Parent's Guide to Making Shots Less Scary for Your Kids
Getting vaccinated can be daunting for some people, particularly children and young people. They may be anxious, scared or needle phobic.
But what can parents do to help prepare their child for the COVID-19 Pfizer vaccination or other injections?
This post provides some tips and techniques for supporting them whilst they are receiving their injection.
Does your child have a needle phobia or is afraid of needles? Helping overcome your child's fear of shots will help make doctor visits a much more positive experience for both of you.
Negative experiences that many kids may have early on can actually lead to long-term health issues. So more importantly, you may increase the odds that your child will seek appropriate medical care for years to come.
Injections may sting for a few seconds, but as we have seen lately with the Covid vaccine or flu shot they play an important role in preventing and managing a wide variety of serious health conditions.
As a parent, you can help your child to feel more comfortable getting a shot at the doctor’s or pediatrician's office. Try these tips to help your child overcome their fear of shots.
How to Help a Child Who’s Afraid of Shots
There are many things you can do if your child is anxious or scared. Research shows that these techniques can help reduce anxiety and make the injection less painful.
It also helps to explain to your doctor or healthcare provider know beforehand, so they can be prepared. Doctors and nurses will have their own strategies for dealing with patients who have needle phobias. They've spent a lifetime giving injections, so they will know every trick in the book.
Try these coping strategies:
Be honest. As parents you’ll lose credibility if you tell your child they won’t feel any needle pain. Let them know what to expect. Don't tell them it won't hurt if it does. Use comparisons they can understand, like being pinched or stubbing their toe.
Stay calm. Your child will be influenced by your attitude. Think positive and sound encouraging.
Use distractions. Shifting your child’s attention can be very effective. You might ask them to take deep breaths, focus on counting backwards or encourage them to sing a favourite song. You could also cough at the last second to distract them.
Provide comfort. Hold your child on your lap or hug them. For many children, physical contact and eye contact can be soothing.
Coordinate visits. Anticipation can sometimes be more intense than the experience itself. Ask your doctor if it’s possible to combine multiple vaccinations shots in one visit to shorten the process.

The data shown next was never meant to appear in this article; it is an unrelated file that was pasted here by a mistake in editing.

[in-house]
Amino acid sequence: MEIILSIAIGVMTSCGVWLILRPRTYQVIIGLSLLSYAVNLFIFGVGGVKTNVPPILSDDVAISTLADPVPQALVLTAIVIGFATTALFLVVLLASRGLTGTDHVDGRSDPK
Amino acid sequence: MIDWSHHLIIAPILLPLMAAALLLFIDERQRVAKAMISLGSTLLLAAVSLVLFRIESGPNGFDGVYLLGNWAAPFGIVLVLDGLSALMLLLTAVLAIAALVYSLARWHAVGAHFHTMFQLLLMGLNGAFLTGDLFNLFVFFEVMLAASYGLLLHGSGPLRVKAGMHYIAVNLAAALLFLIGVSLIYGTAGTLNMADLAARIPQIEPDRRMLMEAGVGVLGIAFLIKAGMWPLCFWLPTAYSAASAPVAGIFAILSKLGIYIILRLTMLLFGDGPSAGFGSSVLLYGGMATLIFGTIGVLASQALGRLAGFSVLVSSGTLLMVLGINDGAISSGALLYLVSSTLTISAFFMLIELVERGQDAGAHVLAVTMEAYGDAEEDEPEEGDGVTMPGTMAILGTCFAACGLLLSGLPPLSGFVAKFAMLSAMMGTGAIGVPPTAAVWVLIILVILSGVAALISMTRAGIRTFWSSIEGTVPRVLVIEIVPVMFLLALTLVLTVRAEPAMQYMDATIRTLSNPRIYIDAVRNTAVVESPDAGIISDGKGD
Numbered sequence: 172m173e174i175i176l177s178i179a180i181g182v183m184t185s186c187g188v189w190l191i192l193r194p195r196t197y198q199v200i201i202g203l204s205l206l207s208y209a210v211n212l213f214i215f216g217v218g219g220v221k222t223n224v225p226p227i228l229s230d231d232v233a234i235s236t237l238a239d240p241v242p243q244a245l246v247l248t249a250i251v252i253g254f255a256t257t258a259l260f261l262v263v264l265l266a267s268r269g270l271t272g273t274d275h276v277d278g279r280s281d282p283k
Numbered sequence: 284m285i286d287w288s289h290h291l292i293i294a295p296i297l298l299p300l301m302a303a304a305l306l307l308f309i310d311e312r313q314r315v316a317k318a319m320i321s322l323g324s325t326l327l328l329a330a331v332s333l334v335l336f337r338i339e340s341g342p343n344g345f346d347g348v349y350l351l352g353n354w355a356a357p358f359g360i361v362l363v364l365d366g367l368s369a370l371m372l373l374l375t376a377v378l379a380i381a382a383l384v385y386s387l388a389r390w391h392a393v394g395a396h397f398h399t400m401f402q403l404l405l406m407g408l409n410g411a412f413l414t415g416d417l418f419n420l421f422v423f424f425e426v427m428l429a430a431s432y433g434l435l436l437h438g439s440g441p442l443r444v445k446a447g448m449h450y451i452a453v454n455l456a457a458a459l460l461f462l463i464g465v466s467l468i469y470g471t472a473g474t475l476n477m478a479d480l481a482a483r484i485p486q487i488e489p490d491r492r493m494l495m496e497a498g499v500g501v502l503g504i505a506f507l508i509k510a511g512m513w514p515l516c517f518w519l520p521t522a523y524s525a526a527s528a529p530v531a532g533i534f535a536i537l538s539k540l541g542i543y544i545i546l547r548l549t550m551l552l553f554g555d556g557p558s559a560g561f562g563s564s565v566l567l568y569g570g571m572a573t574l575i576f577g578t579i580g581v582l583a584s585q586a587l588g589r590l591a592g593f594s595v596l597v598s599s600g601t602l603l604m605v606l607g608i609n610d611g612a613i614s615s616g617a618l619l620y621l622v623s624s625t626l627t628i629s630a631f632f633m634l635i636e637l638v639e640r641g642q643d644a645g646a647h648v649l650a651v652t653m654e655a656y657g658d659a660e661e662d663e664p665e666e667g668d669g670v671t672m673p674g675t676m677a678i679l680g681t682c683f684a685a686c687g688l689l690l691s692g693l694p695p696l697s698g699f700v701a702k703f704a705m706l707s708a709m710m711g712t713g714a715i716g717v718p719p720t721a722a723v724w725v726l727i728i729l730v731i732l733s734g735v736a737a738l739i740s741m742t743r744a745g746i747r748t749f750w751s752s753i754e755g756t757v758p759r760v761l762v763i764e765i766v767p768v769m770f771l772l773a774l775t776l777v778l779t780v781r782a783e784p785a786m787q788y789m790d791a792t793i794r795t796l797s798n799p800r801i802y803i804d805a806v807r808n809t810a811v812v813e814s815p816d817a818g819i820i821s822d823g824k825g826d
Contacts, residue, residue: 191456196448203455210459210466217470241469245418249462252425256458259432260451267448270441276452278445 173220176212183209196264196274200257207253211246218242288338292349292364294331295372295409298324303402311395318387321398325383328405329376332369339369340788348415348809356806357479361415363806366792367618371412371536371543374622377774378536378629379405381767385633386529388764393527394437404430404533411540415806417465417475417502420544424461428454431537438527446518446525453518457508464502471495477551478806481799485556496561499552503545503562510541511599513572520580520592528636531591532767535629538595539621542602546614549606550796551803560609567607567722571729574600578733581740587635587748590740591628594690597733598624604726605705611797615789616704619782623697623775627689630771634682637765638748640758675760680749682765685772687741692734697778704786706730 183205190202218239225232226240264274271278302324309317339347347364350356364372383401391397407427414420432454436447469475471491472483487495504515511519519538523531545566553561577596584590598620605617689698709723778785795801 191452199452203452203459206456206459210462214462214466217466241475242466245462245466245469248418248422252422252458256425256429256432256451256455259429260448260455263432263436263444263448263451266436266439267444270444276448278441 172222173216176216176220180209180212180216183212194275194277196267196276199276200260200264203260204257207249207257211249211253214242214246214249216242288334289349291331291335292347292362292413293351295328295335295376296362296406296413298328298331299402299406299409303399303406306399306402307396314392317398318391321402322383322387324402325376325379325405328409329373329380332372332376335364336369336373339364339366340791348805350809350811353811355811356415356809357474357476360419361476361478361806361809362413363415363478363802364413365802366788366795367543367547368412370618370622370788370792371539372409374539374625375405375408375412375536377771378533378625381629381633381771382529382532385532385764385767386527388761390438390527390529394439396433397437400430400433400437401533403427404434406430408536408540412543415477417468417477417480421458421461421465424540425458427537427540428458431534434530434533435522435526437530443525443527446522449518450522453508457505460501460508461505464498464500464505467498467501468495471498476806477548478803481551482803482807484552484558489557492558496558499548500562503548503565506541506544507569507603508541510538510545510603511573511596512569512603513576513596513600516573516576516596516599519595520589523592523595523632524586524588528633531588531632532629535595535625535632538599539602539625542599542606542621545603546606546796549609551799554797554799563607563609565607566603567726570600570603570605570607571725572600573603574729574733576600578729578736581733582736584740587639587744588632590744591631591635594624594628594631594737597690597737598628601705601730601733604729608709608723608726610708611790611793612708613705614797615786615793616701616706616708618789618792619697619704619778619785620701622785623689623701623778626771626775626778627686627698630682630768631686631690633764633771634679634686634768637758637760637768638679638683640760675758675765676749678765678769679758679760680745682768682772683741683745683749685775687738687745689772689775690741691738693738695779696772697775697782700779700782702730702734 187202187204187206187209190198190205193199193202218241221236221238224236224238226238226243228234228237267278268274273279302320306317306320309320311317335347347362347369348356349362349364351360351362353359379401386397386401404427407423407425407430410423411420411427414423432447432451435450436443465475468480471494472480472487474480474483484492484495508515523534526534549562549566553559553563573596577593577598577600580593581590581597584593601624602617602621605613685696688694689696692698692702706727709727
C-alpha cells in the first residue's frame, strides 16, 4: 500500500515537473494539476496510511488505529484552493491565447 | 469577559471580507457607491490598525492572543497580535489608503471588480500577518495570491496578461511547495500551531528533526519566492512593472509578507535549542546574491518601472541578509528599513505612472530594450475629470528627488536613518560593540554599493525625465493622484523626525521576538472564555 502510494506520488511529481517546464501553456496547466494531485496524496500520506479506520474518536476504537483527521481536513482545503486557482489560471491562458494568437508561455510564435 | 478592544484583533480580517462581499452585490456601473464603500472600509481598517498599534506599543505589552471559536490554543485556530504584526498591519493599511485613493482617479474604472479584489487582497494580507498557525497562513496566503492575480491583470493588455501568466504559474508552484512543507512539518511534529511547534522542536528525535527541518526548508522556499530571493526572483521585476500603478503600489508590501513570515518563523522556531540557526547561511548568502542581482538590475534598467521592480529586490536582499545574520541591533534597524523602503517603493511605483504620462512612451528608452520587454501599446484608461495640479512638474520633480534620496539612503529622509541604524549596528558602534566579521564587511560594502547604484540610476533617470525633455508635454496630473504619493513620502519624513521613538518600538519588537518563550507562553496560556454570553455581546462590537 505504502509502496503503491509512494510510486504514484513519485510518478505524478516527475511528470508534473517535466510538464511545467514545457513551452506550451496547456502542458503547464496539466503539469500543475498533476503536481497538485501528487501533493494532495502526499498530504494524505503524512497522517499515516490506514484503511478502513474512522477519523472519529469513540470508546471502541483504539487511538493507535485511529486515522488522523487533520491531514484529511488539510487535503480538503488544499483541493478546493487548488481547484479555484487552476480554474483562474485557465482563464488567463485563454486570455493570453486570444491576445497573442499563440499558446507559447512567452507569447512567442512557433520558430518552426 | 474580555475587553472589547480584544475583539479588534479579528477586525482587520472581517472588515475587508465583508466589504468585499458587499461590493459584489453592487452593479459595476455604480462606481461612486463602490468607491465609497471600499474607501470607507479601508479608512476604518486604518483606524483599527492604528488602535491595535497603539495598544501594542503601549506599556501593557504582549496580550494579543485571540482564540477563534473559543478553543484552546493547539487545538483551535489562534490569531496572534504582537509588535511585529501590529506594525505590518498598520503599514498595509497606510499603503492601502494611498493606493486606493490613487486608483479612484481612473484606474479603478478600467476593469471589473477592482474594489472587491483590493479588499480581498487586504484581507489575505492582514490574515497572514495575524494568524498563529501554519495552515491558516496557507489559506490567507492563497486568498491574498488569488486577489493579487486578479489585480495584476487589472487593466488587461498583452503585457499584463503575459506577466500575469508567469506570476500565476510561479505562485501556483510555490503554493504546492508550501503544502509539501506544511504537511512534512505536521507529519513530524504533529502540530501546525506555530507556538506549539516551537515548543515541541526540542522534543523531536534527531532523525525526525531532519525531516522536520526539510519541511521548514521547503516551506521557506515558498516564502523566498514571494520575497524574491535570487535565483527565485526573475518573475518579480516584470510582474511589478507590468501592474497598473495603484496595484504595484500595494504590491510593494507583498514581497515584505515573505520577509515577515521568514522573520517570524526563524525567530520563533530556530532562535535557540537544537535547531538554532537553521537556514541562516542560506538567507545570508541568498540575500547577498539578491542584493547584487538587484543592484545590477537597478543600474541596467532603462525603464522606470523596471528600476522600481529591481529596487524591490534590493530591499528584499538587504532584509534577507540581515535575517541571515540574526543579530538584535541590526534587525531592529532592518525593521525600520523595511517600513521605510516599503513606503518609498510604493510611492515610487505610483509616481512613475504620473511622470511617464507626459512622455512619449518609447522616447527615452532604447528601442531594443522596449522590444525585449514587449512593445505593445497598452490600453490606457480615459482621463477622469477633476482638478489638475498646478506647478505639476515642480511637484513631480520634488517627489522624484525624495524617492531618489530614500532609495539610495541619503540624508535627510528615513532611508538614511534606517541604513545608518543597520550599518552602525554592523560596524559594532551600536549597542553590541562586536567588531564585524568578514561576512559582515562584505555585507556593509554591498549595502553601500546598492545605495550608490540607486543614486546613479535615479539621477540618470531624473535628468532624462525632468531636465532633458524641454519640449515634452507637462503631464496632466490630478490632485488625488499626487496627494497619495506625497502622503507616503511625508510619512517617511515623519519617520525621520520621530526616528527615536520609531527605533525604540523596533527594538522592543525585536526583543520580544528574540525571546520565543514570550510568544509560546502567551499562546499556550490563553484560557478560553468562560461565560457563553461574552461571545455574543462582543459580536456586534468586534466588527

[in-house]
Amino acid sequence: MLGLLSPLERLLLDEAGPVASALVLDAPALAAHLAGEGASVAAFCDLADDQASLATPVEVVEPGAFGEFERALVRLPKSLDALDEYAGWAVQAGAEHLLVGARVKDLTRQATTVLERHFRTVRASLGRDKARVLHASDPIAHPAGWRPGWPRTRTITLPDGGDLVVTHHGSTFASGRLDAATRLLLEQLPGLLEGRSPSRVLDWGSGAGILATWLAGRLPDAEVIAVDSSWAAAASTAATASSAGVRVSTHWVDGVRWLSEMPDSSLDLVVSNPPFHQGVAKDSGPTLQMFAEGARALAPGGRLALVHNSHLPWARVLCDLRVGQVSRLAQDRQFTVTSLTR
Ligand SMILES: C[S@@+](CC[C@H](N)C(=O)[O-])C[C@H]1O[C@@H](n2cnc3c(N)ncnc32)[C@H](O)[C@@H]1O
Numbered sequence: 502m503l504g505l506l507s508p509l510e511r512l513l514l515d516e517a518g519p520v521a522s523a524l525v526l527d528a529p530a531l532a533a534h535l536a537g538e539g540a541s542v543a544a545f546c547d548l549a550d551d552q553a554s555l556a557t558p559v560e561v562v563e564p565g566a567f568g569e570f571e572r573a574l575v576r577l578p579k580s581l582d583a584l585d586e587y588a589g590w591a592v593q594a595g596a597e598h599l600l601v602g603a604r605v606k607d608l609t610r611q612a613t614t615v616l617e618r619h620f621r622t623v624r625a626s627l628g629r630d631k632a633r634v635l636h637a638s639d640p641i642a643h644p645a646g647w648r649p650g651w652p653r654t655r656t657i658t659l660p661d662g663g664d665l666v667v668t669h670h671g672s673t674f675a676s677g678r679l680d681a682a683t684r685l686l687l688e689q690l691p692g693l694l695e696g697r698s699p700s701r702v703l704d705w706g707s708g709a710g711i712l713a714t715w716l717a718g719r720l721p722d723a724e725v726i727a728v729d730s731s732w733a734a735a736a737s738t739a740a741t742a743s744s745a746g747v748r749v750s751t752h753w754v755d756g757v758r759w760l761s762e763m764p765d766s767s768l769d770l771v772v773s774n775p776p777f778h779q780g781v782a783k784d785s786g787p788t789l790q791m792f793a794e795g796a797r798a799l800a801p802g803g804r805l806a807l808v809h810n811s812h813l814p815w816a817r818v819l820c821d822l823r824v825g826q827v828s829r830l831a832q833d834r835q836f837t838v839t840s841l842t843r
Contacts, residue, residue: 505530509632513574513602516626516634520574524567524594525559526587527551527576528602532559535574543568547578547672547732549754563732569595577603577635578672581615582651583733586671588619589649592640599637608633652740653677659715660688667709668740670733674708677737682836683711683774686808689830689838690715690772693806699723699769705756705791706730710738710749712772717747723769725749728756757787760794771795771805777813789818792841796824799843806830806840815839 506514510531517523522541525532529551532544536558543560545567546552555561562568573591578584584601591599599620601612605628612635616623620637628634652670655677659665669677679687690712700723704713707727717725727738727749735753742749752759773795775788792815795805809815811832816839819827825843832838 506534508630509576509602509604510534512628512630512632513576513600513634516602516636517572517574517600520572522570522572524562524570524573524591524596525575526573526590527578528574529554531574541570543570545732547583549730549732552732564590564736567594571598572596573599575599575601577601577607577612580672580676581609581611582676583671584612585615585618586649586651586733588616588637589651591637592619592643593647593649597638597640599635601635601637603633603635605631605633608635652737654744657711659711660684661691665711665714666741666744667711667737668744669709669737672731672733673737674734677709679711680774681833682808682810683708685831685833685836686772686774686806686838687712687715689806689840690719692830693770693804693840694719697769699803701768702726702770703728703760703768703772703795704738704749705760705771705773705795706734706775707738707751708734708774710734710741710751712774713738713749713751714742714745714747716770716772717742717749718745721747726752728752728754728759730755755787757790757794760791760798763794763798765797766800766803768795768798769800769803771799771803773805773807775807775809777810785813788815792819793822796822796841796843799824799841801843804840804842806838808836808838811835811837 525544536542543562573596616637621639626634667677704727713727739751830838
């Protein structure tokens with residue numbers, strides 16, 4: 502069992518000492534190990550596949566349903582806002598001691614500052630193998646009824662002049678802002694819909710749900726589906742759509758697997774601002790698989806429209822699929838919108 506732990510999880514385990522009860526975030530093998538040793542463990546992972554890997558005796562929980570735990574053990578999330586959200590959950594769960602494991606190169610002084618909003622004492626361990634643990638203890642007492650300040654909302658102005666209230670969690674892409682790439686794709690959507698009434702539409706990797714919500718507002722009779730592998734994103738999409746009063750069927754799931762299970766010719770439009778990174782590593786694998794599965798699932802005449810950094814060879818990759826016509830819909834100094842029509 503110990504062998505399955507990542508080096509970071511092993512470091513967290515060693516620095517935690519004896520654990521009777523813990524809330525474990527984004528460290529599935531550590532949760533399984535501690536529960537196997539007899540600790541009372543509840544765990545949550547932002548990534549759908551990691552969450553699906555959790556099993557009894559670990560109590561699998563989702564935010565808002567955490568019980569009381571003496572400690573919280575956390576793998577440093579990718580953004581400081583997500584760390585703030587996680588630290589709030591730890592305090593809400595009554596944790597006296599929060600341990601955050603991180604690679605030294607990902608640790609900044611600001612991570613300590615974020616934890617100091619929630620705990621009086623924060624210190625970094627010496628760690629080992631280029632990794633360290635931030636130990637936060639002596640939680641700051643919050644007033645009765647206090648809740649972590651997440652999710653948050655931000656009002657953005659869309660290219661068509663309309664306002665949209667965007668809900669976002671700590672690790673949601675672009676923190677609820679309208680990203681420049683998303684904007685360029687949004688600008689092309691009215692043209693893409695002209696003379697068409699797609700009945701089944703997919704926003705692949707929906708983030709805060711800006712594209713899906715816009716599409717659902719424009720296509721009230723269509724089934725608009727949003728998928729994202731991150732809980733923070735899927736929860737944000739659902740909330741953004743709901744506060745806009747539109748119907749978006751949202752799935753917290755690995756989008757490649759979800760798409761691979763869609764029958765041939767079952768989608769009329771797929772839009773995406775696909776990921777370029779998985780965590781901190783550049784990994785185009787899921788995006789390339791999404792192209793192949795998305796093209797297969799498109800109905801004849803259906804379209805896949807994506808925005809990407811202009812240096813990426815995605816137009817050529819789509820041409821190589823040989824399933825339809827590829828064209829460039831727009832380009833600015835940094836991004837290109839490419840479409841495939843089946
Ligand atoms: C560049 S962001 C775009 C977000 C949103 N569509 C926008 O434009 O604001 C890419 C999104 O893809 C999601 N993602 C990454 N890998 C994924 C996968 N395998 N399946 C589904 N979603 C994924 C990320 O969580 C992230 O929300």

Numb the area. Your doctor may also be able to make analgesics available. A numbing cream or patches act like the Novocain your dentist and will help to numb their skin. If local anaesthetic creams are not available, ice or an ice pack applied to the site for 10-20 seconds will help to decrease sensation and help minimise pain.
Explore other options. Sometimes you can avoid an injection. Check to see if your child could receive an alternative such as a nasal spray.
Swaddle babies. What about children who are too young for conversation? Tightly wrap your baby in a blanket, leaving one leg out for the shot. A baby may tolerate a shot more easily if you wrap them up or give them a pacifier.
Follow recommendations. Your pediatrician or family doctor can advise you about what shots your child needs. They may also give you aftercare instructions that will minimise discomfort and pain after the procedure.
Pretend shot. Before a vaccination, you can reduce toddlers' and preschoolers' anxiety if you give them a toy medical kit so that they can give pretend shots to you or a favourite doll or another toy.
Other Tips for Making Doctor Visits More Comfortable for Your Child
Wellness checks and routine visits are essential because children develop and change rapidly. These tips may help if your child has other common fears related to stranger anxiety or unpleasant memories.
Keep these tips in mind:
Talk about it. Your child may feel more confident if they know what the doctor is going to do at each visit. Give them age-appropriate information. Younger kids may enjoy rehearsing with a toy doctor kit.
Bring entertainment. Your visit is more likely to go smoothly if you can keep your child happy in the waiting room. Come prepared with stuffed toys and other comfort objects, as well as toys, games, and books.
Offer rewards. Some doctors will give children stickers and toys to make visits more enjoyable. You might also want to plan a fun activity for later in the day, such as stopping for ice cream or buying a new book.
Develop relationships. If possible, try to build a long-term relationship with your child’s health care team. Follow the rules and respect their time. Come prepared with any relevant questions and share constructive feedback.
According to the Cleveland Clinic, research shows almost two-thirds of kids have a fear of needles, but they usually become less anxious and nervous as they get older. Meanwhile, you can help your child to relax and grow up with a positive attitude about seeking medical care when they need it.
For more great baby care tips check out the Attipas blog or Facebook page.